A Few Data Privacy Innovations Leading The Charge

Data Privacy Day was recently celebrated worldwide as a way to promote personal safety online. But with the upcoming GDPR (General Data Protection Regulation), the subject of data has become the dominant topic on many a digital company’s lips. Now it seems, information shared online could eventually be as regulated as a natural resource.

Last year, The Economist described data as “the oil of the digital era,” prompting a rash of responses against the statement, with many claiming that oil is markedly different. “Data today has something important in common with oil a century ago. But the tech titans are more media moguls than oil barons,” writes BBC’s Amol Rajan.

However, data is becoming a highly valuable commodity to the digital realm, and consumer data is worth more than gold in some instances. But unlike oil, data is a far more prolific asset and therefore, vulnerable — leading many companies to begin turning their focus to data protection. Especially with heavier regulations right around the corner.

“Businesses need to shift their perception of data, from a money-making material waiting to be plundered to an asset that needs to be safeguarded and treated with respect,” said The Guardian.

Getting around breaches is the first hurdle for many brands, some large corporations have been hurt by major ruptures in their data pools. Studies show that “hacked companies underperform by 42 percent after three years.” So what preventative measures are coming out of the new age of data as an (arguably) precious resource?

2-factor authentication

2FA adds an extra blanket of protection over personal data and is trusted by most consumer tech brands worldwide, Apple’s iOS system has within it a 2FA system as well as social media centers such as Whatsapp and Instagram.

See more about Freespee’s 2-factor authentication here. 


An ancient form of security but even more impressive when used to cloak information online. Still, hackers are quick to break the code despite advances in random number generation and other forms of cryptography. Enter Honey Encryption, developed by Ari Juels, former chief scientist at computer security company RSA, and Thomas Ristenpart from the University of Wisconsin. The technology tricks intruders by flooding them with the wrong data any time an incorrect password or encryption key is guessed. Sneaky yet effective.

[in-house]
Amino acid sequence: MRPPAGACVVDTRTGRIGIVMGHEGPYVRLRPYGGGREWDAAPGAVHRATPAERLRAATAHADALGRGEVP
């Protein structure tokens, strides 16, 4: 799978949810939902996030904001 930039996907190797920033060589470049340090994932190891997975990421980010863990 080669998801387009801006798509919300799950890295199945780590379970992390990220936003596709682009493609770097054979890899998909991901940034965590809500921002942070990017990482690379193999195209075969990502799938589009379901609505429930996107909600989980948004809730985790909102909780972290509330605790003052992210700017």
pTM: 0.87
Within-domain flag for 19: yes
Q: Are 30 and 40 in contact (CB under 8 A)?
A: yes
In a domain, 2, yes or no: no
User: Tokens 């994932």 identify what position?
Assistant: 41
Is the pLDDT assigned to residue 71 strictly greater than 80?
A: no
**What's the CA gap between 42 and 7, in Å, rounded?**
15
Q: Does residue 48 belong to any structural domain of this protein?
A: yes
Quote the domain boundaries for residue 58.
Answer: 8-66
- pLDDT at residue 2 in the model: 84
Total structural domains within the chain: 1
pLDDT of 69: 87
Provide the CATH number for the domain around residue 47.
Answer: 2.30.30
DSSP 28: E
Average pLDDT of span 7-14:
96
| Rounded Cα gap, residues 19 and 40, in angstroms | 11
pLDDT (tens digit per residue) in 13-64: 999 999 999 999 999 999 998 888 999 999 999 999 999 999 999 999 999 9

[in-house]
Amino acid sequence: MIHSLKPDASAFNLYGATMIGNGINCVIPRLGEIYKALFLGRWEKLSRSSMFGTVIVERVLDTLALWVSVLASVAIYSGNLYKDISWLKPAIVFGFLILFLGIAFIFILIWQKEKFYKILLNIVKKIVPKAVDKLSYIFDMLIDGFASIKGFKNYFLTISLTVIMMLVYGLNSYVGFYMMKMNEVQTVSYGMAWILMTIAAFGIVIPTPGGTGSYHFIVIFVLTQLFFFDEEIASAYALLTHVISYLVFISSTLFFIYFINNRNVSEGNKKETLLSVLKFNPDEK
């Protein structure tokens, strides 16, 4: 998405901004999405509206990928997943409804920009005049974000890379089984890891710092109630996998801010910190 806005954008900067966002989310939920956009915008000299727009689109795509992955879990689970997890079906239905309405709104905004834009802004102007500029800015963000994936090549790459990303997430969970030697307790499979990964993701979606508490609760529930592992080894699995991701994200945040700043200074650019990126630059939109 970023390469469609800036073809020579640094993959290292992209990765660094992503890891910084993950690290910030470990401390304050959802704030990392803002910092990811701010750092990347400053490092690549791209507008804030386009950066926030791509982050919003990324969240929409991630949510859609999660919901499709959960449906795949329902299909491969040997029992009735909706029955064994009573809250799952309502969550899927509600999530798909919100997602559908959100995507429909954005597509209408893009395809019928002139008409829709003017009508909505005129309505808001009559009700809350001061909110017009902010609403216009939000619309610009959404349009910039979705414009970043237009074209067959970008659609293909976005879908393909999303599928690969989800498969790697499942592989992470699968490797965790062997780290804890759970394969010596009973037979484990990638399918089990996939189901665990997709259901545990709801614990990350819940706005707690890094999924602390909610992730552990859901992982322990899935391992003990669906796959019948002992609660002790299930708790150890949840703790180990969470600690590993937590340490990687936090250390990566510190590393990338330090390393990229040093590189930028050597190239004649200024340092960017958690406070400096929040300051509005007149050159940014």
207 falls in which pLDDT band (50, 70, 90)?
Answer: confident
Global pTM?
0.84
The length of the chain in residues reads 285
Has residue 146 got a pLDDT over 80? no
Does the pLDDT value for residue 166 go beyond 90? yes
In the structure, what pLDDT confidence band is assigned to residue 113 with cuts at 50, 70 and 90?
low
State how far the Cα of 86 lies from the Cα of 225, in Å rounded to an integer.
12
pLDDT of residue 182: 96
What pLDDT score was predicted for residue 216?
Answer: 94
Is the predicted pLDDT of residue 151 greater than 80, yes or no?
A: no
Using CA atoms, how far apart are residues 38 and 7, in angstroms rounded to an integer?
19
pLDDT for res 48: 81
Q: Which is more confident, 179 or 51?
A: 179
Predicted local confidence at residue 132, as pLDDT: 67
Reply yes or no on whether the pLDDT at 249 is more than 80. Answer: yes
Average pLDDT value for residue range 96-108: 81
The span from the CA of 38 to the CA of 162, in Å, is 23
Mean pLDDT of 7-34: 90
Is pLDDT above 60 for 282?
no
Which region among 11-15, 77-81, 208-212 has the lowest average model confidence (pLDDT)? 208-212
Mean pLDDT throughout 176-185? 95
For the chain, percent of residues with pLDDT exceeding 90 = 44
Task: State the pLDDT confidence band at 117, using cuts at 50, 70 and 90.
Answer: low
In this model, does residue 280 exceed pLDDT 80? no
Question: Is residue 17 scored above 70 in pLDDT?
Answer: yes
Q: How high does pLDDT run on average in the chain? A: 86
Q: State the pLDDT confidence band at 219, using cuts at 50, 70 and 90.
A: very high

We can blame Bitcoin for this development. It works by “substituting a randomly generated value—the token—for sensitive data such as credit card numbers, bank account numbers, and social security numbers,” says Forbes. The mapping of the token is then stored in a reliable database. MasterCard is also a fan.

“Since the invention of coded messages used during the Revolutionary War, technology advances have always required adaptations in the law to preserve both privacy and social order,” writes Larry Downes for The Washington Post.

We’ve come a long way since morse code and smoke signals to protect valuable information. Our digital growth seems to be infinite, and its preservation is becoming more complicated. Though it may not be an organic asset, it still represents who we are, and that is definitely worth protecting.

Via: The Guardian, Forbes, The Washington Post, Gizmodo, BBC, The Economist. 

Fraudsters advertise in classifieds media